Welcome to Work Burnout 101.
When you finish reading, you will know if you are:
- Burned out, OR
- On the path to burning out
What is Burnout?
You won’t know if you are burned out if you don’t know what work burnout is.
The textbook definition of burnout is a state of emotional, physical, and mental exhaustion that is caused by chronic stress – typically in a workplace setting. It occurs when you feel:
- Emotionally drained
- Unable to meet constant demands
People who are genuinely burned out often describe:
- Extreme exhaustion and depletion of energy
- A cynical and irritable attitude toward work
- Feelings of helplessness, an inability to do and focus on work, and low morale
- An inability to make decisions – simple or complicated
My definition of burnout is similar to the textbook definition, but I add in continued feelings of fear, related to work or not completing work.
Are You At Risk of Experiencing Burnout?
Work burnout can occur in any type of person, in any industry.
If you feel a lack of control of your environment or circumstances, experience chronic work-related stress, and/or have a job with high demand and expectations with low resources – you are at risk of burning out.
Burnout doesn’t happen overnight. It develops slowly and gradually – which is why a lot of people fail to recognize they are burning out. The burnout process can linger for long periods of time, especially if it is ignored. The longer you allow it to go on, the harder it is to recover.
What makes burnout particularly hard to notice is that we often reward unhealthy and unrealistic workplace and social expectations.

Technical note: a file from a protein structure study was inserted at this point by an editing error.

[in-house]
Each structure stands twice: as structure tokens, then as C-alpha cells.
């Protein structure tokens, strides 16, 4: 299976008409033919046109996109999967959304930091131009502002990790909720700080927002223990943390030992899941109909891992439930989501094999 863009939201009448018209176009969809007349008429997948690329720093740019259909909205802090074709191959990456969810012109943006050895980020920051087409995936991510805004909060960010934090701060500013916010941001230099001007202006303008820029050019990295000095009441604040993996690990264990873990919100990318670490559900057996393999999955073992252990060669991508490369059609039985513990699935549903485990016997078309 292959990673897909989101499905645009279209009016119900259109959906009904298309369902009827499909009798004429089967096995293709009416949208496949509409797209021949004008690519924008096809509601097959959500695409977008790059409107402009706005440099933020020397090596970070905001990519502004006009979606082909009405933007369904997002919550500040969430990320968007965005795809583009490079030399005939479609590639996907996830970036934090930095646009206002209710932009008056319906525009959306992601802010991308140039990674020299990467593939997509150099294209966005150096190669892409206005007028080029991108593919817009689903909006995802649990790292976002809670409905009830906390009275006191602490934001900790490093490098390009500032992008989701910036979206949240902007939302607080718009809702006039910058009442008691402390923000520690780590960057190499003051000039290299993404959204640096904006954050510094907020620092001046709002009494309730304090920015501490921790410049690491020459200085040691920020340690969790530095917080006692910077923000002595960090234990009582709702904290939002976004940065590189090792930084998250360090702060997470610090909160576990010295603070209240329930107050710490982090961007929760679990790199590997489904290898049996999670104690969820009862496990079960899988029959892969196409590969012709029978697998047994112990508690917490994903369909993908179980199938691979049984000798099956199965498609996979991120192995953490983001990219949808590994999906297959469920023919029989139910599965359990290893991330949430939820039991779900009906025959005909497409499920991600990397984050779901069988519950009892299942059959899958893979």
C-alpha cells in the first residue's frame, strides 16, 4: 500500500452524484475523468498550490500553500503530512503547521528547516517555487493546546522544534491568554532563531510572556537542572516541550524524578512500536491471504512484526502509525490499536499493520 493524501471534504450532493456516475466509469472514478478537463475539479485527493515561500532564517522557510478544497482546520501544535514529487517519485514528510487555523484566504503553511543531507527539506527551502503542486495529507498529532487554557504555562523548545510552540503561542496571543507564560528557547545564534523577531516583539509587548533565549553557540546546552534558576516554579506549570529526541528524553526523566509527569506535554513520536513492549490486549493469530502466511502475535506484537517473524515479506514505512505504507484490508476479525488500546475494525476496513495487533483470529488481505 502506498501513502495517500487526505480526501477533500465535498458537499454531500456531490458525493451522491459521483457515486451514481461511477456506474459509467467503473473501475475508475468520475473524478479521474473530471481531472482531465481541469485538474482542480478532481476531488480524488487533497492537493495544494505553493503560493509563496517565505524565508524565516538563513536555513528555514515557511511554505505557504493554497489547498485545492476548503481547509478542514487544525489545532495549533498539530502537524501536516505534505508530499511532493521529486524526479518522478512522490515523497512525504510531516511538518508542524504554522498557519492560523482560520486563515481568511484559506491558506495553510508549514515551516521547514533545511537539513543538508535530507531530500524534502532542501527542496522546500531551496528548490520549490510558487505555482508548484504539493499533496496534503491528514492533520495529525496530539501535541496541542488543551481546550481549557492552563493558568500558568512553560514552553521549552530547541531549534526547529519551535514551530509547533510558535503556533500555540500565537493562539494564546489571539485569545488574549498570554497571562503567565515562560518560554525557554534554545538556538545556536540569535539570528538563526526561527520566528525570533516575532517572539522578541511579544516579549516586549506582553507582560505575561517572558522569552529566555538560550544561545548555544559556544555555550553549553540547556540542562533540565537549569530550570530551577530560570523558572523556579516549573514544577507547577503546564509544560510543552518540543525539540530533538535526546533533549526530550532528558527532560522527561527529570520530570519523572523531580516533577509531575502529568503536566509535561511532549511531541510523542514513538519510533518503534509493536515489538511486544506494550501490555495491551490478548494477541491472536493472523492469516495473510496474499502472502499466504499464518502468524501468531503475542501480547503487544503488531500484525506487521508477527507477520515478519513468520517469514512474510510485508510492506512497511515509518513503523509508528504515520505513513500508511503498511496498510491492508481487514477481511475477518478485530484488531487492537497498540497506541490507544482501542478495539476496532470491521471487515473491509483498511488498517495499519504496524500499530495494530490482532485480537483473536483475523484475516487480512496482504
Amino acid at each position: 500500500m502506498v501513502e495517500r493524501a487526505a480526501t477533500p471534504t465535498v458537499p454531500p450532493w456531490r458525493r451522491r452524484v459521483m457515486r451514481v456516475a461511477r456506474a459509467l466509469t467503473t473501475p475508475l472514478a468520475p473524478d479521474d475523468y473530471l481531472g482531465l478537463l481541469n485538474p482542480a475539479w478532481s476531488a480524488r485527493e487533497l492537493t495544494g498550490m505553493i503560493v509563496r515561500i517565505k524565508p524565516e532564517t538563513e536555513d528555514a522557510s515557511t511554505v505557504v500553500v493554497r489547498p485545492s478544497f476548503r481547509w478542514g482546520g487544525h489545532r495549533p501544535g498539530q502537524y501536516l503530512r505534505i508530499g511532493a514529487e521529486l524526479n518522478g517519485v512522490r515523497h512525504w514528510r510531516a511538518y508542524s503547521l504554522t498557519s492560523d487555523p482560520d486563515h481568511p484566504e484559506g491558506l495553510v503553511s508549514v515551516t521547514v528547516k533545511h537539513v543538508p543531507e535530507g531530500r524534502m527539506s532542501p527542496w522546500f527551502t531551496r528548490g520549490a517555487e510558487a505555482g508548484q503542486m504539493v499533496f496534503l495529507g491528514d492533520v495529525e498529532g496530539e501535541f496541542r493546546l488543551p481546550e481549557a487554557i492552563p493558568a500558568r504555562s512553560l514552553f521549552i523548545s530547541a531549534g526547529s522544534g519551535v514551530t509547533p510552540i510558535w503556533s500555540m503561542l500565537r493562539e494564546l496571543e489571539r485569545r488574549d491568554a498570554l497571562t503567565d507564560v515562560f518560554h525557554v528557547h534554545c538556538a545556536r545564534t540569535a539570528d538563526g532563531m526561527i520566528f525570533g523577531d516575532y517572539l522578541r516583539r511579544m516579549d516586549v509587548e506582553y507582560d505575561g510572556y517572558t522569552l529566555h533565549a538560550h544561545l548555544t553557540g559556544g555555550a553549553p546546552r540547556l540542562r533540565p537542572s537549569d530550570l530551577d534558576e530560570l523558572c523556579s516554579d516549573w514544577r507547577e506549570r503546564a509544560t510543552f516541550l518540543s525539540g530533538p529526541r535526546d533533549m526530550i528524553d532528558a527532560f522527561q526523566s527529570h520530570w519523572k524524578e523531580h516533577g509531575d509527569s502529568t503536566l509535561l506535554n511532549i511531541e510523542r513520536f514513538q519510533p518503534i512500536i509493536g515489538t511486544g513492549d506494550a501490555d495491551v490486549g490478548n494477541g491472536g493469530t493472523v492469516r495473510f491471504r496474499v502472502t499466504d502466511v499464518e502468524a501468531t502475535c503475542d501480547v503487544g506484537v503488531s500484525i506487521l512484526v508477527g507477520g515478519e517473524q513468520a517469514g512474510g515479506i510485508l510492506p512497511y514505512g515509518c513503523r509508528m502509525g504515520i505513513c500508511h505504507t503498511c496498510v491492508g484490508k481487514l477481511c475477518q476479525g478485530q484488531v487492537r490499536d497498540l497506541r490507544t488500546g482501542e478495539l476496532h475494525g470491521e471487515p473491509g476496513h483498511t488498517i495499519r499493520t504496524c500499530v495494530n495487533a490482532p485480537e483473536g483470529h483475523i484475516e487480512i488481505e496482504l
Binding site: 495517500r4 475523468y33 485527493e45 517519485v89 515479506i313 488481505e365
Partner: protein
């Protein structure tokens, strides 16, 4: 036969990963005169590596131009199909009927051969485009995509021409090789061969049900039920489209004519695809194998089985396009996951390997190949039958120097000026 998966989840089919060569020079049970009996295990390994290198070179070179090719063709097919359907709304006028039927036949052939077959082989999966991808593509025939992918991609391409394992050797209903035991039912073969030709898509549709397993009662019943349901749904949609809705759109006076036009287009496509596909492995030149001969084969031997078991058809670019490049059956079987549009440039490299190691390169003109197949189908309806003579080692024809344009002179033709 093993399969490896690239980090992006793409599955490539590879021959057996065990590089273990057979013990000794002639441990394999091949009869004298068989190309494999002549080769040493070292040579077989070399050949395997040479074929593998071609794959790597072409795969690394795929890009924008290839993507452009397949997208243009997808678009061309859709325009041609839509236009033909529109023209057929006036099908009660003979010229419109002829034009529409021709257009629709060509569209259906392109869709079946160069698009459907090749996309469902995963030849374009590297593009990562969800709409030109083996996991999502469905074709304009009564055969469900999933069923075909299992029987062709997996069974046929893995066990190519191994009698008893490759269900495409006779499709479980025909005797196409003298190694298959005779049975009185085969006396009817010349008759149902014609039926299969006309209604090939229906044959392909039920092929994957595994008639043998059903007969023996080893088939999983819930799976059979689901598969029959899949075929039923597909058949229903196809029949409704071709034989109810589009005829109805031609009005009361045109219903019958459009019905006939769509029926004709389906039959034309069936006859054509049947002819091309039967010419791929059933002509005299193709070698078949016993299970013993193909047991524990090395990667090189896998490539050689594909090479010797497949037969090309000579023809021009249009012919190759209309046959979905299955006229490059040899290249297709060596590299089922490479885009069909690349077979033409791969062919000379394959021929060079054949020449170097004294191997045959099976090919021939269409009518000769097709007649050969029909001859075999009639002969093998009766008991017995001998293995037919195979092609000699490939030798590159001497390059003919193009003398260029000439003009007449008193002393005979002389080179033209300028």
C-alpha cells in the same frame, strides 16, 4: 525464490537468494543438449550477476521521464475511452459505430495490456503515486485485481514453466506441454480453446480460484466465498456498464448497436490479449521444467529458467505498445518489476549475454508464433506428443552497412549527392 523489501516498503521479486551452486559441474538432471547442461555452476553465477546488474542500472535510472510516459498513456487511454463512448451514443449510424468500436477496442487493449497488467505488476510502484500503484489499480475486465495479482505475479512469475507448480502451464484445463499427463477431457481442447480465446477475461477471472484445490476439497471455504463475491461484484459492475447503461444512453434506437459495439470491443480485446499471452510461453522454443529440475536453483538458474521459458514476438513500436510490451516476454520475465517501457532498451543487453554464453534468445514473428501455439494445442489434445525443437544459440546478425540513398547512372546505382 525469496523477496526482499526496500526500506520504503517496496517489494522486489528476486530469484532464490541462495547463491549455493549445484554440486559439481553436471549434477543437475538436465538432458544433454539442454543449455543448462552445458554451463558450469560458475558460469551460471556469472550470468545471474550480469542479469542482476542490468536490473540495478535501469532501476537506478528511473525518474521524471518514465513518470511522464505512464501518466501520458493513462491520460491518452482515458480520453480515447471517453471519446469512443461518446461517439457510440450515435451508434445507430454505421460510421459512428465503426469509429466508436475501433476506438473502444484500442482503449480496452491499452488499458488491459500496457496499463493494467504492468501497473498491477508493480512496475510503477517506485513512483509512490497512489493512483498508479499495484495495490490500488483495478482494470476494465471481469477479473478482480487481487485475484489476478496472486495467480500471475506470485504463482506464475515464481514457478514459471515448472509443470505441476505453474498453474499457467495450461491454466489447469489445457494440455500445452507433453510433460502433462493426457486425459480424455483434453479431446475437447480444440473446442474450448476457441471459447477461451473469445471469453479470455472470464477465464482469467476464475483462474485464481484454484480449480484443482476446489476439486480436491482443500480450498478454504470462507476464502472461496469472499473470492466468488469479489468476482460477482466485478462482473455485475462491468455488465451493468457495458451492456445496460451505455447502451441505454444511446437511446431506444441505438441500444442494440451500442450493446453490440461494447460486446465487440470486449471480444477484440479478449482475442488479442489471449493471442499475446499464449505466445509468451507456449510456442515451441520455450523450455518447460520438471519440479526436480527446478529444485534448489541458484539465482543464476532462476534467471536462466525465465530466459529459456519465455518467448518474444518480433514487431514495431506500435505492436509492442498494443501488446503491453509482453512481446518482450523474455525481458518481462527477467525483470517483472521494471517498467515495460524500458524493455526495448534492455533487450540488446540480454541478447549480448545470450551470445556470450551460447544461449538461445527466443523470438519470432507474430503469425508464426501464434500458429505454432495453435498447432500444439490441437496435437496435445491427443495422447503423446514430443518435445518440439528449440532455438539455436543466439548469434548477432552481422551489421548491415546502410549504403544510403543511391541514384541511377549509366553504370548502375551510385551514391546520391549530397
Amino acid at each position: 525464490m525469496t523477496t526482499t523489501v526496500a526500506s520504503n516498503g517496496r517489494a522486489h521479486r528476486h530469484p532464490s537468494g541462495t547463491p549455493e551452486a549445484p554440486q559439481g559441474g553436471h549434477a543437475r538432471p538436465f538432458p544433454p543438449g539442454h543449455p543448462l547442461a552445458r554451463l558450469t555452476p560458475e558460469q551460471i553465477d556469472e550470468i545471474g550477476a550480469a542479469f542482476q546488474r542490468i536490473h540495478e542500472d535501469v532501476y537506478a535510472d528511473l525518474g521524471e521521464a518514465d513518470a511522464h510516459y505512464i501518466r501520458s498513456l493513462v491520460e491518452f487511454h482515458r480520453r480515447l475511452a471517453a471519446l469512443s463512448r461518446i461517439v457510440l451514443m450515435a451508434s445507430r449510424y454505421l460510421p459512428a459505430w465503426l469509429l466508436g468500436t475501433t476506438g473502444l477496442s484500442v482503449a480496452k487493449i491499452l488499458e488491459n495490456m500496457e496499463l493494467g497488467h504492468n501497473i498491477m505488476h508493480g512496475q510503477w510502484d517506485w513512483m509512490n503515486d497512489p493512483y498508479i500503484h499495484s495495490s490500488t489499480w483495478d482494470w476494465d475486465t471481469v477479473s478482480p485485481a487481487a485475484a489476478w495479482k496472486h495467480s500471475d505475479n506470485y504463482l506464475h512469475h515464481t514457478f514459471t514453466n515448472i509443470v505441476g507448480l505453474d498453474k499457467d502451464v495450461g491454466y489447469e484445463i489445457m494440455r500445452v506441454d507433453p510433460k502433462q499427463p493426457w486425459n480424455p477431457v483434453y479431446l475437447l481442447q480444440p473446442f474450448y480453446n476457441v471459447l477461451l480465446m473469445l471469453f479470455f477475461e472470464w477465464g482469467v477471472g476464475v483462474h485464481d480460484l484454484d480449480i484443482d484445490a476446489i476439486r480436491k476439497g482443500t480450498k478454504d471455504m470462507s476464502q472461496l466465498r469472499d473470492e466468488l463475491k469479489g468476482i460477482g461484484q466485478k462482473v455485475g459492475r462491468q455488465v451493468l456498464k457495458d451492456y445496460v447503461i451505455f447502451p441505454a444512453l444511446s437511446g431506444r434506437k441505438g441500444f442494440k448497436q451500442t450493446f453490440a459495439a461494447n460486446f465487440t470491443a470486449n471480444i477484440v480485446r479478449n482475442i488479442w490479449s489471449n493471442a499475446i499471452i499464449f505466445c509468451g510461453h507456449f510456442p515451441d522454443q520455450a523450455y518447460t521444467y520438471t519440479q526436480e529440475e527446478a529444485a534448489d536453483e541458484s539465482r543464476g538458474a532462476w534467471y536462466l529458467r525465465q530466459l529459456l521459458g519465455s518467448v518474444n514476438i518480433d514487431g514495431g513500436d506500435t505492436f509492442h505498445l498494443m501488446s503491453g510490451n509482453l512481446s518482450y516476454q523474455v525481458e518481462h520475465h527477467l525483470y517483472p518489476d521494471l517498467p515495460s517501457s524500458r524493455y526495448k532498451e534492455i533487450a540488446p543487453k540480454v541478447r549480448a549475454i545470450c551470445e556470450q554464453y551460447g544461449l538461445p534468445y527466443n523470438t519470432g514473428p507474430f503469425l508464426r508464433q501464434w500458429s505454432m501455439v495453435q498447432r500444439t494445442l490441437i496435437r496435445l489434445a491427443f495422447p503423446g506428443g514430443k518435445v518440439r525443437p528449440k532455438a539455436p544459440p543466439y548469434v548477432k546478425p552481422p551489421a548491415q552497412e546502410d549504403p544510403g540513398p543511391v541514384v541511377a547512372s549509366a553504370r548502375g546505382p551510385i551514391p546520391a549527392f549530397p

What does that mean? When your co-workers or friends are bragging about working long hours, taking on extra work even though they are “so busy,” and sacrificing personal time to be at the office or do work – know that these behaviors are red flags for burnout. That behavior – that bragging often gets rewarded with compliments for their “hard” work ethic.
Did You Know Burnout Can Affect Your Body and Health For Years to Come?
Over time, the behaviors that lead to burnout can take a toll on your health and well-being, as well as, your ability to be productive and effective. That’s why when you are burned out, you feel like the least productive and effective person on earth.
It’s that chronic stress that harms your health.
When you’re under chronic stress, your body and mind go into overdrive trying to protect you. That means that your heart works harder, your flight or fight processes fire relentlessly, you may begin to suffer memory loss and weight gain – all of this wear and tear can eventually cause permanent damage.
I’m not here to scare you, but as someone who has recovered from a 2 + year burnout sentence: getting over the psychological aspects of burnout seemed to be the easier part. The damage I did to my own body by keeping it under constant stress has been a far more extensive process to recover from.
What Do I Know For Sure?